A wander around Welshpool in hot weatherJuly 30th, 2008
After a mini-heatwave, we seem to have returned to more run-of-the-mill British weather again. Not being a fan of hot weather, I am not sorry even if it means that things are little damper. That heat made the past weekend none too ideal for a spot of hill wandering but July seemed to slip by without such an outing and, on Sunday, I headed off to Welshpool for a circular hike regardless. It was to be a day for protecting oneself from the effects of strong sun and intense heat. There was a threat of showers but I was long ensconced at home by the time that one happened on Macclesfield and none was to cool me down on my way around Montgomeryshire.
The travel arrangements were easy: take a train to Wolverhampton and change there for the last leg of the journey both on the way out and the way back. Public transport arrangements aren’t that easy sometimes so this was one of the simpler days. The journey wasn’t too long either with a departure not long before 09:00 landing me in Welshpool at around 11:25. Even with departing at about 18:50, I was back home well before 22:00.
Being allotted a good amount of time, I decided not to force myself and to watch how much walking I was doing, understandable given the weather on the day. I started with a quick amble about Welshpool before heading for the hills and it actually looks a reasonably pleasant town. My escape into the countryside took me north along the Montgomery canal, part of the Severn Way, until I came within reach of the Offa’s Dyke Path. Crossing from one trail to the other did mean some crossing of busy roads and a building site for a new livestock market. Once past those obstacles, I joined the aforementioned national trail at Buttington to proceed through fields where cereals are growing before the I hit the slopes. The hinterland of the Severn clearly has its fertile spots.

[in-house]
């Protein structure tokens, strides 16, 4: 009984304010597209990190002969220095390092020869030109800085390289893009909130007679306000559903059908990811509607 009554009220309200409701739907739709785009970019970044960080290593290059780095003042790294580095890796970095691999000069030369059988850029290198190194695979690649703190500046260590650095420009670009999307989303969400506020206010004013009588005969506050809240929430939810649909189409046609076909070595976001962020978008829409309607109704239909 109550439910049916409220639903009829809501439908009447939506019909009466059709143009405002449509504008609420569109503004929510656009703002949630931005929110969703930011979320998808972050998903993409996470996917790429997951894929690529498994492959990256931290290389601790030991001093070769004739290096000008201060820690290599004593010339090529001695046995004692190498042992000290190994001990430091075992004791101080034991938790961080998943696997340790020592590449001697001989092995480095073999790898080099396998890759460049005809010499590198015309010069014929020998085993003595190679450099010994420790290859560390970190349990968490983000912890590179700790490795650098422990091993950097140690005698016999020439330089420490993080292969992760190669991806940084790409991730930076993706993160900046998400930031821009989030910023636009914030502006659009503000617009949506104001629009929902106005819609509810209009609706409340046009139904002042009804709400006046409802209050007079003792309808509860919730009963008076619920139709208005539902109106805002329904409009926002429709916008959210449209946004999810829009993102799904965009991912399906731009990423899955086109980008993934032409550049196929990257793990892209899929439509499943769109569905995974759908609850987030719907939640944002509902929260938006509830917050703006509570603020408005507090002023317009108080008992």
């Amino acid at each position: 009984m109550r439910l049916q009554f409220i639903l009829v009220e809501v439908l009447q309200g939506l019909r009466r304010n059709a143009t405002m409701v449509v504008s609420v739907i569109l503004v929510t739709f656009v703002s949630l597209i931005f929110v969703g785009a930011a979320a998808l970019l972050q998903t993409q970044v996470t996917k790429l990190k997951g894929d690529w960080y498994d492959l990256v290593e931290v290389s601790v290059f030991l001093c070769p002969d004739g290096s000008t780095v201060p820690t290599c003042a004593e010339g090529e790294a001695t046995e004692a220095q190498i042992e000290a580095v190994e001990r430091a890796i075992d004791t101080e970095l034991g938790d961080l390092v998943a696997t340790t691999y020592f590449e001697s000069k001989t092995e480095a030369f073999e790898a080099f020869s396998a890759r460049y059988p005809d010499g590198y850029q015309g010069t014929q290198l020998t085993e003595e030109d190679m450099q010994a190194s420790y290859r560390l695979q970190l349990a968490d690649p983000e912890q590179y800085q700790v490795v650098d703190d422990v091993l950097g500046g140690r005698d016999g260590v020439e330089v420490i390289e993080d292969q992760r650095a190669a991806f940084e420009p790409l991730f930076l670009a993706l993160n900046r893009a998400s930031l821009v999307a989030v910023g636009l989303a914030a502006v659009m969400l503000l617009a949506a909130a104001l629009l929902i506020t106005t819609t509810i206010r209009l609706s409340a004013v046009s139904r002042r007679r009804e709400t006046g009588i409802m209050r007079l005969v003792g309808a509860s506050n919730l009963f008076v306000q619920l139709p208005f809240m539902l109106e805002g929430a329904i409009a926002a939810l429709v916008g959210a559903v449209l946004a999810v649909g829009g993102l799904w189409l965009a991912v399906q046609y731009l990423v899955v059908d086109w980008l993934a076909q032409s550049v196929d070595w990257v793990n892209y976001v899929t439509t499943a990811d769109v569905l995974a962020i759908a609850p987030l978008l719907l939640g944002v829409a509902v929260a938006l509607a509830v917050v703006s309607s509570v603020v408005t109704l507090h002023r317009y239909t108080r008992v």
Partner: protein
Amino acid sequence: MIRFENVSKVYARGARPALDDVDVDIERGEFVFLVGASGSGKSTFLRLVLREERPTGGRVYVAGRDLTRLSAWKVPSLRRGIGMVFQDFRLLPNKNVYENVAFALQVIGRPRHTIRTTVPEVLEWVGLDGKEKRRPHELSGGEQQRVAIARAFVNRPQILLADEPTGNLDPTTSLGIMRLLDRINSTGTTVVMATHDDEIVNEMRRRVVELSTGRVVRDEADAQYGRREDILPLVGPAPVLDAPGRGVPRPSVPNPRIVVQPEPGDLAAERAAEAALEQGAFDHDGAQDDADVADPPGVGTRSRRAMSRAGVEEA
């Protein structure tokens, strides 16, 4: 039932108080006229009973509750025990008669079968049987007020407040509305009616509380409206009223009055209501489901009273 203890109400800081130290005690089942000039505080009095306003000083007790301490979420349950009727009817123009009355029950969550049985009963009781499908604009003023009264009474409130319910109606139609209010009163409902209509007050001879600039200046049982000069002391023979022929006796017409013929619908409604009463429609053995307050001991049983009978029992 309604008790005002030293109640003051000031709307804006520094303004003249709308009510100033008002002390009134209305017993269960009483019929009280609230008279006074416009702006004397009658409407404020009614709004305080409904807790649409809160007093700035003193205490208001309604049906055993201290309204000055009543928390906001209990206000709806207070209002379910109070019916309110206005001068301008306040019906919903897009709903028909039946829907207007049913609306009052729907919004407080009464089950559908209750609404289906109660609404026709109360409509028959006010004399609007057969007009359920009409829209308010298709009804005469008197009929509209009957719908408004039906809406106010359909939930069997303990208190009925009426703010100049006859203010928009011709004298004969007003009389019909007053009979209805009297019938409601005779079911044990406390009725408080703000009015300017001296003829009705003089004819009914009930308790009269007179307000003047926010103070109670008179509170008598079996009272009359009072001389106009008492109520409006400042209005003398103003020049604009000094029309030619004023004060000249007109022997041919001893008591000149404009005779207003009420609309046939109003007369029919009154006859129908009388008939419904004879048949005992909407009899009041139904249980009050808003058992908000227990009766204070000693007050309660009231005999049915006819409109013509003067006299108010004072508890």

As with other parts of the Offa’s Dyke Path, the hills to the east of Welshpool are not that high but they are steep-sided. I found the same sort of topography around Knighton and the hill country north around Ruthin, Llangollen and Chirk also shares this characteristic. The day was getting hotter all the while so I took my time ascending the slopes until they levelled out a bit as I neared Beacon Ring fort, the highest point of my hike at around 400 metres above sea level. From there on, the terrain stayed more friendly with its ups and downs and forest cover was on offer for a good of the journey down to Forden where I left the Offa’s Dyke Path to return to Welshpool.
That return involved a lot of road walking, never a pleasant thing and not helped by boiling heat or having to keep an eye out for combine harvesters and their ilk. A plan for using the public footpath network to cut down on the tarmac bashing came to nought when I saw what my map’s suggestion crossed: a field with growing crops and no obvious way through. In any case, it was better not to attempt tricky navigation in the heat.
As I continued on, I took advantage of any shade for a rest when it offered and it is for that reason that I took a break beside a high hedge near Welshpool’s airport. After negotiating roundabout that thankfully wasn’t too busy at the time, I made my way up a quiet lane that took me again onto the Montgomery canal and the Severn Way for the last stretch of the way into Welshpool. By now, the heat was such that I was glad to be reaching my journey’s end for the day and, when I did make Welshpool, I found a quiet and well appreciated shady spot for a bit of recuperation before catching the train home again.